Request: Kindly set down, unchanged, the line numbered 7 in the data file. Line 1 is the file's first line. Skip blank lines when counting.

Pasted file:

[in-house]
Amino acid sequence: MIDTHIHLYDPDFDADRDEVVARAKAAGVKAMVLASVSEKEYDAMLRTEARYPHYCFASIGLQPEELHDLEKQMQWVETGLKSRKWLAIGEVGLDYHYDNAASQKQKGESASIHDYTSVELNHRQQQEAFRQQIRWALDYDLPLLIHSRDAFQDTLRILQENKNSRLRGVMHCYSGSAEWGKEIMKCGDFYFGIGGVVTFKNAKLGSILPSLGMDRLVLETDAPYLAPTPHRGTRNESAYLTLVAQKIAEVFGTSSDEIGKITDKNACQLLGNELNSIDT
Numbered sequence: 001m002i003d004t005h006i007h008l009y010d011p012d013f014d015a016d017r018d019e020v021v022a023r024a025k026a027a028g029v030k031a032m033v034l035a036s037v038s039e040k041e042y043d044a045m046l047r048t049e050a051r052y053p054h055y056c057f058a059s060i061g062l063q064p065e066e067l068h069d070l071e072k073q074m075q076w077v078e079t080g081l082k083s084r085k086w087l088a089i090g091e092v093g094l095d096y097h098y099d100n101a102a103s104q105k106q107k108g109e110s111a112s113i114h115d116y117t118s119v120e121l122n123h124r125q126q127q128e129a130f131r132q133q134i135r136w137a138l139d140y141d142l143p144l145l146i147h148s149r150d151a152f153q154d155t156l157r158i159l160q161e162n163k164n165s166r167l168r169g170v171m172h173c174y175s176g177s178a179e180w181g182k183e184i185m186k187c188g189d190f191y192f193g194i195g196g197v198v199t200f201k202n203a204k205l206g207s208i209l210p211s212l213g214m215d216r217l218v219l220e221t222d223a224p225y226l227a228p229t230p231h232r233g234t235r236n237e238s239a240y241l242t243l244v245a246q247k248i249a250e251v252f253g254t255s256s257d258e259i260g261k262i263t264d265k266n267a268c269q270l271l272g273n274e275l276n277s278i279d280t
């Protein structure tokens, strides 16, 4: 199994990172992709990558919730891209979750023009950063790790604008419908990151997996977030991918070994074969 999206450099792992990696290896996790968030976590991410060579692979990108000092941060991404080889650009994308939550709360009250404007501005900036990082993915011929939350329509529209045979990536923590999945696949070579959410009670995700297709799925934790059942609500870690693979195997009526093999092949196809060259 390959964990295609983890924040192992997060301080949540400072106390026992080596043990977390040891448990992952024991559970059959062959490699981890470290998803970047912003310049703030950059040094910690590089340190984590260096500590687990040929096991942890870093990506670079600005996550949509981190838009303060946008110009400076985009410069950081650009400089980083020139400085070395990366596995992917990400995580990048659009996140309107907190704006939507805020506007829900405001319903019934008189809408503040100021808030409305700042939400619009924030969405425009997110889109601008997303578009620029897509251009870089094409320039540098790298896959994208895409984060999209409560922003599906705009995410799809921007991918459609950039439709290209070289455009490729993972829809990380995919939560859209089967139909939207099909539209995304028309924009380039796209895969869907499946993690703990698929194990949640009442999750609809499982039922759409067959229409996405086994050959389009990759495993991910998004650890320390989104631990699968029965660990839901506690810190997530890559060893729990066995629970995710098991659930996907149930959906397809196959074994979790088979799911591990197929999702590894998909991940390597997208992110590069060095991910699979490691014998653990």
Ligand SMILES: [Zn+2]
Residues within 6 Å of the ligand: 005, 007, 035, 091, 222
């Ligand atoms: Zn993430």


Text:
């Ligand atoms: Zn993430």